Mayor’s 85-mile Ribble Valley boundary trek for charity

Ribble Valley Mayor Coun.Michael Ranson prepares to 'beat the bounds'
Ribble Valley Mayor Coun.Michael Ranson prepares to 'beat the bounds'
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Ribble Valley Mayor Michael Ranson is to revive an ancient custom by walking the borough boundaries to raise cash for charity.

He is to “beat the bounds” by walking Ribble Valley’s 85-mile boundary during his mayoral year. He will undertake the trek in 20 sections, ranging from four to six miles, and has already completed the first section last week.

And he is inviting Ribble Valley residents to join him in the walks and raise cash through sponsorship for his chosen charities for his year in office – Ribble Valley Crossroads Care and Homestart Ribble Valley.

Coun. Ranson said: “Ribble Valley is one of the most scenic and picturesque boroughs in the country and I am delighted to be walking its boundaries during my mayoral year.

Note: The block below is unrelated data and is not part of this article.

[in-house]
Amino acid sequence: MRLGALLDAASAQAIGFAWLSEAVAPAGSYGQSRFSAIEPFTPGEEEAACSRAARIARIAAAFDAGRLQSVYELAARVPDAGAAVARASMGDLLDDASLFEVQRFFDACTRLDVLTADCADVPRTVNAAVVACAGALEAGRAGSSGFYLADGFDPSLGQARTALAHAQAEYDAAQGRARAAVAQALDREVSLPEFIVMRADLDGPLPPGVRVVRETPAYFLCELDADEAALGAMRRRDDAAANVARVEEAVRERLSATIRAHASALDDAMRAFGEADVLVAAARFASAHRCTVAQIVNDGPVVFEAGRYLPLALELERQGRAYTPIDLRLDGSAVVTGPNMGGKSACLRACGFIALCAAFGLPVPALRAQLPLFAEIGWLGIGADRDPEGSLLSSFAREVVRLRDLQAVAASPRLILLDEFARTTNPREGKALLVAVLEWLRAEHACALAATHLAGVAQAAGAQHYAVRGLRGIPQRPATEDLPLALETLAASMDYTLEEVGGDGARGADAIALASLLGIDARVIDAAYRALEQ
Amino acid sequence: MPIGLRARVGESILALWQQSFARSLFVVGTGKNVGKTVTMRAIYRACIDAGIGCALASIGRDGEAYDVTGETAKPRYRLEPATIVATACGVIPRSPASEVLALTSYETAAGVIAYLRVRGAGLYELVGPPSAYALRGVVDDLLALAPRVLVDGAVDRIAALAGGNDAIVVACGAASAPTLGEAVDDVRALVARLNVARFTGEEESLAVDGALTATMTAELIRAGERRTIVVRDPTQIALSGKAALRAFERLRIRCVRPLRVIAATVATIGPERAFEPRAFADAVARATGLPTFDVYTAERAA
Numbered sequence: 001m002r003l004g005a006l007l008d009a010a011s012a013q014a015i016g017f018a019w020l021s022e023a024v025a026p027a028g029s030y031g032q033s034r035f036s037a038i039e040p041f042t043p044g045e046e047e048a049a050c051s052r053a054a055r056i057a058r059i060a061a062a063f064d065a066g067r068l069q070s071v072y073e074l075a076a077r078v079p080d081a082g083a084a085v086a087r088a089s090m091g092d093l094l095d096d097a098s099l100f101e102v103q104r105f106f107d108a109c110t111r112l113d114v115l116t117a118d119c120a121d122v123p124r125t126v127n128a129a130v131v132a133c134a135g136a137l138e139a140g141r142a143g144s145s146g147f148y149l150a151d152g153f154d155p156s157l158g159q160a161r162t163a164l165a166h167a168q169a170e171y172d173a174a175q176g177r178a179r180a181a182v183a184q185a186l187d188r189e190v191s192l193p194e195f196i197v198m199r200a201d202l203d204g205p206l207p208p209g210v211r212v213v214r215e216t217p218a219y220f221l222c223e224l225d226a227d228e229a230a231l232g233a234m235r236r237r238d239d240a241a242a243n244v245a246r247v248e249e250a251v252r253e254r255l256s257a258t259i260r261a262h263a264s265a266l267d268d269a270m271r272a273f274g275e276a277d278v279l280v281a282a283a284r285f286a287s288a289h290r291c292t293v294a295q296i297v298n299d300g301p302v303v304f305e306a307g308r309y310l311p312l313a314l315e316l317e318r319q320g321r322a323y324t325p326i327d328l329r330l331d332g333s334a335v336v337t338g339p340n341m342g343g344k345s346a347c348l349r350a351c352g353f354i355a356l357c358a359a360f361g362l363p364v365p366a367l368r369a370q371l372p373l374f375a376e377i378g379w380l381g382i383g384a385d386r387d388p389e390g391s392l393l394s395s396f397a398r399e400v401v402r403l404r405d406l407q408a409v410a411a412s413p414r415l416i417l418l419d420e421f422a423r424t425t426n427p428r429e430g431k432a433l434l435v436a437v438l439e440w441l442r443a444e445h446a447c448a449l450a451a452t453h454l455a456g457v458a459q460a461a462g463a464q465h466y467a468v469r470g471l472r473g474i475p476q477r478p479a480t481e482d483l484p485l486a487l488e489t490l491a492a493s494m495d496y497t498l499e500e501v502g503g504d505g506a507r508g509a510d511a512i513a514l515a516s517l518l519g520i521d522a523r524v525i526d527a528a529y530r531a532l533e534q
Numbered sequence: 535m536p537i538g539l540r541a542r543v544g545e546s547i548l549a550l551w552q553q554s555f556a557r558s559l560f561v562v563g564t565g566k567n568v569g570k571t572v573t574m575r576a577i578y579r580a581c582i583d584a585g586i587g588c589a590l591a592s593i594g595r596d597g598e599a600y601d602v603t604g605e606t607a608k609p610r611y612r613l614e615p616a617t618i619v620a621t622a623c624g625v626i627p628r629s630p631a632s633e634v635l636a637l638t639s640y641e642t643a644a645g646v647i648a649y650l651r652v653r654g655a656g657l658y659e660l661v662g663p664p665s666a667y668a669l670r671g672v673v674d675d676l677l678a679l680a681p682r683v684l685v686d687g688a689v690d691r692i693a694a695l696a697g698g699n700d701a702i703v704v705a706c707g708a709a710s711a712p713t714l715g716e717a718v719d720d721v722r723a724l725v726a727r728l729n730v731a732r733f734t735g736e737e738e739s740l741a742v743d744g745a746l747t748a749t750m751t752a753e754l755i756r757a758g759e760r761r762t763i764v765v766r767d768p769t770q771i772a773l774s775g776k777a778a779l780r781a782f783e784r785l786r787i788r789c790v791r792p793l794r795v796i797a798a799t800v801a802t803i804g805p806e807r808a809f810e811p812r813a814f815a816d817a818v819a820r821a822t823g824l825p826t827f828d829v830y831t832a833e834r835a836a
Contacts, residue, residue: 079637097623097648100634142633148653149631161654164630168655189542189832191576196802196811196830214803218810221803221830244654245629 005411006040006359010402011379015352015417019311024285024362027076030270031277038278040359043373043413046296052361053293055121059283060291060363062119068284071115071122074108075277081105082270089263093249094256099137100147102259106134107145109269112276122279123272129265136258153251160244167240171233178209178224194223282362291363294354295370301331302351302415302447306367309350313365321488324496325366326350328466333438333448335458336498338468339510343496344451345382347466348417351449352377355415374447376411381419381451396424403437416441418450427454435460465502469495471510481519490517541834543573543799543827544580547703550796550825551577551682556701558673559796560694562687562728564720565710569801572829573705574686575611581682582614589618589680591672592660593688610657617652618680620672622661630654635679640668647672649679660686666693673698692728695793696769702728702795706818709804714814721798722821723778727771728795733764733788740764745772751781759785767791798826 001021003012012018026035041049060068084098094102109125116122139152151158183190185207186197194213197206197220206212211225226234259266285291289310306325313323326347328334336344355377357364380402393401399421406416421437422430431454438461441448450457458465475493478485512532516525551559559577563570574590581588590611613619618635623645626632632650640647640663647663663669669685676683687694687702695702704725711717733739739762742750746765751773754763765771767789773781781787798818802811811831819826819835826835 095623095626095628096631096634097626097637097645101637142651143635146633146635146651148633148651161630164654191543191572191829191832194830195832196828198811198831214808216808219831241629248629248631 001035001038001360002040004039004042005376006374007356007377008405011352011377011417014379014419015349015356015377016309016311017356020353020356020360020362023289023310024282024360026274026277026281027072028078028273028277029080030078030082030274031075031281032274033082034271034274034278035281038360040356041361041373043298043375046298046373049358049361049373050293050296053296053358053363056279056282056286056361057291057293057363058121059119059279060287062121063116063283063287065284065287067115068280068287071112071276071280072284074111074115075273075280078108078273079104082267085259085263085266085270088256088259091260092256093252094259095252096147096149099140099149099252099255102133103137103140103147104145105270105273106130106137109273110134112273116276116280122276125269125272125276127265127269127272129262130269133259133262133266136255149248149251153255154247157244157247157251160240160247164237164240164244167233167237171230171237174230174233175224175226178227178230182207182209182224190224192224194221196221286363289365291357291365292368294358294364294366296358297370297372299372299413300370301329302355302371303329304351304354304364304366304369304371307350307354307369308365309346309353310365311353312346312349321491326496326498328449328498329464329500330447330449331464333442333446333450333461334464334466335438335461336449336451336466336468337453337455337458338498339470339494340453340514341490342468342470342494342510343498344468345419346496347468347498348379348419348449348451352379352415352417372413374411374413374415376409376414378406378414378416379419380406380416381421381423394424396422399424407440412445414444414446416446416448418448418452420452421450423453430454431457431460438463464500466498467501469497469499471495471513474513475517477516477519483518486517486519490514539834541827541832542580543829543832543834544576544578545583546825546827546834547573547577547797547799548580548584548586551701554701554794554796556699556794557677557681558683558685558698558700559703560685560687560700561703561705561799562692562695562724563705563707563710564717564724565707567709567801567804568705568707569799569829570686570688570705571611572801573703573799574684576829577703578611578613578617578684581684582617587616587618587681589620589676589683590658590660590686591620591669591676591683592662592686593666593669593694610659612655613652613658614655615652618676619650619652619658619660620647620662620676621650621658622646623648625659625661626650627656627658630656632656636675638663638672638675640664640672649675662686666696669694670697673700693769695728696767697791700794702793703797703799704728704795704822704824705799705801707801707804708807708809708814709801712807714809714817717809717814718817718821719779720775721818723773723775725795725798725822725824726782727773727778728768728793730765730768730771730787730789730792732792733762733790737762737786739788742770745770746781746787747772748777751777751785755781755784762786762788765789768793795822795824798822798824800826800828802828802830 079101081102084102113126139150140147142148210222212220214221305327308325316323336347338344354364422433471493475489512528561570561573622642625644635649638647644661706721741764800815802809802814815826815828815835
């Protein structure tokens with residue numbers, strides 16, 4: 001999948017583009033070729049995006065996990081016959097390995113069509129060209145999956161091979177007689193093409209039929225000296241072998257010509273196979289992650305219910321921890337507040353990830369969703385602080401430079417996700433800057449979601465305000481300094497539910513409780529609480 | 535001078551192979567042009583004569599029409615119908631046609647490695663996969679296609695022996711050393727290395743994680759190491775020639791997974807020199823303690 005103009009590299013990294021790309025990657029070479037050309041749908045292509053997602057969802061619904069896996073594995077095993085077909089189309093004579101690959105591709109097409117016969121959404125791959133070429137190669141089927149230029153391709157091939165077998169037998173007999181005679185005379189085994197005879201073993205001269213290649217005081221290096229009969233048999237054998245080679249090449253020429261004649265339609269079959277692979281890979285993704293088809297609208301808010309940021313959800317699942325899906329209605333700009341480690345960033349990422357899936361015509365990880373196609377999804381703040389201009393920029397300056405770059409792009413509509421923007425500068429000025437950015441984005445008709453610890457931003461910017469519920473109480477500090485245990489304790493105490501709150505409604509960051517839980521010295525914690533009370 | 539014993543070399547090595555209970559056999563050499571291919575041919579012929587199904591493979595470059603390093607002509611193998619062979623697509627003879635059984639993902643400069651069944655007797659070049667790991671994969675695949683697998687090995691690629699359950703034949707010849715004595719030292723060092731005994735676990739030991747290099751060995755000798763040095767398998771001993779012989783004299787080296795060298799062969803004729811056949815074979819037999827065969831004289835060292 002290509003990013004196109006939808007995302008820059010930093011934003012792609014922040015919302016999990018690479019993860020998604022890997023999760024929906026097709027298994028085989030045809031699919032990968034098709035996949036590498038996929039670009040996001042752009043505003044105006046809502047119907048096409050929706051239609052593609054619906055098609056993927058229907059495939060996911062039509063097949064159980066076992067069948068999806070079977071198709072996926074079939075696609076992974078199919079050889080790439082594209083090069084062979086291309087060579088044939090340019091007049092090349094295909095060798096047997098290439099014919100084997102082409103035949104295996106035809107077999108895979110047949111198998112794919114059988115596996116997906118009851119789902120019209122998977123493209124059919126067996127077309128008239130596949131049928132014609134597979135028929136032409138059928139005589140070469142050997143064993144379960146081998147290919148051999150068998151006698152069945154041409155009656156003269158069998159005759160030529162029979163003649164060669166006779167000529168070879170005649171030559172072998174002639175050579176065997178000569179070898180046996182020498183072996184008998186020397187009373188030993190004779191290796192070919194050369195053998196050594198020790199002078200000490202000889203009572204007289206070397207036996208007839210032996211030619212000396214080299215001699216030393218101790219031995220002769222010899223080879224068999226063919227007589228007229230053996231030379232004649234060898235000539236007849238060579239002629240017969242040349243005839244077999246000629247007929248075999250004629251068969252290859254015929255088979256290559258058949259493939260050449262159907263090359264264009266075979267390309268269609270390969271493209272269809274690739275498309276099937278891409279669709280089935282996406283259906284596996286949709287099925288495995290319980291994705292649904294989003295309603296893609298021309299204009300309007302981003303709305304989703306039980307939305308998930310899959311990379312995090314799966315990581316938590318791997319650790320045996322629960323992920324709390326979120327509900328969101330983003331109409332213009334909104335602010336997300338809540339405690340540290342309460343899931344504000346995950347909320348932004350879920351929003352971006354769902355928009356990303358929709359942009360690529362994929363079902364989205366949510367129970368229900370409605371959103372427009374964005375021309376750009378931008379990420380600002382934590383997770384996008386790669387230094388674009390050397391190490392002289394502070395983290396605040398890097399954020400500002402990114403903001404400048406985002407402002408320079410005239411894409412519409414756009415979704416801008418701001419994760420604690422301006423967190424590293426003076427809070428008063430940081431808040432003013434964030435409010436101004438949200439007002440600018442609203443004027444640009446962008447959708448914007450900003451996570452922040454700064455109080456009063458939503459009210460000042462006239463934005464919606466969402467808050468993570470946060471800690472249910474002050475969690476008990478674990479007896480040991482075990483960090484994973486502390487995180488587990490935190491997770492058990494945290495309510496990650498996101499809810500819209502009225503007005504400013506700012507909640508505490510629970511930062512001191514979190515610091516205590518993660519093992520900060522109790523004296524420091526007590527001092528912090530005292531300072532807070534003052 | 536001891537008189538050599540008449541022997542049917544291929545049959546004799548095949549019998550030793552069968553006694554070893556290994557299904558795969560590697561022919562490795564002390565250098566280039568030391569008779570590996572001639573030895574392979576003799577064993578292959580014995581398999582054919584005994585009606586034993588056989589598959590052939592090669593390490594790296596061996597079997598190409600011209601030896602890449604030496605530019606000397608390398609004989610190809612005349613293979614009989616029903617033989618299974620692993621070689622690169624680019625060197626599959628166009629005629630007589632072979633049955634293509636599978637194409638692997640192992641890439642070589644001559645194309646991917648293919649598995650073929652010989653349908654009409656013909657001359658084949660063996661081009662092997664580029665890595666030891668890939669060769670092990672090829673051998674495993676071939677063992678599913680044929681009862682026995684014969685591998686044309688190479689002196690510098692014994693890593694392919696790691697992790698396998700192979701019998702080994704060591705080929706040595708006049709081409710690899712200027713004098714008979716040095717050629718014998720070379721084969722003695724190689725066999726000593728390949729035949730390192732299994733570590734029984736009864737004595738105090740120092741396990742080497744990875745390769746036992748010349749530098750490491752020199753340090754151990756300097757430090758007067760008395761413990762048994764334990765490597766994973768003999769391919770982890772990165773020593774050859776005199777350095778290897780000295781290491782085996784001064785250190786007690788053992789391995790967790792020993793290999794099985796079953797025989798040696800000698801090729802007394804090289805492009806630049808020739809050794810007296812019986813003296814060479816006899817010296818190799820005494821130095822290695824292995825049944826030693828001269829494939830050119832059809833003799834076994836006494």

“I hope to put a modern twist on this ancient tradition by raising money for my chosen charities and invite residents to join me in any or all of the walks.”

The walks have been devised by Ribble Valley Borough Council’s health development officer Barrie Williams. The 20 treks cover different sections of the borough boundary and a reasonable level of fitness and mobility is required to take part, although at least one of the walks will be accessible to mobility scooters, pushchairs and wheelchairs.

The first walk, which took place last Wednesday, June 4th, covered the section from the Gamecock pub in Whalley Road, near Great Harwood to Sabden.

Forthcoming walks are: June 25th Nick of Pendle to Downham; July 9th Downham to Rimington; 16th Rimington to Gisburn; 23rd Paythorne to Tosside; August 6th Tosside to Gisburn Forest; 20th Coat Rakes, Gisburn Forest, to Skaithe Road, Gisburn Forest.

All walks start at 5 pm and are linear, so participants are asked to make car-sharing arrangements. A full programme is available at or from Barrie Williams on 01200 414484.

l “Beating the bounds” is an ancient custom still observed in many English parishes. Its roots go back to mediaeval times when parishes reaffirmed their boundaries by processing around them, stopping at each boundary mark to pray for protection and blessings for the land.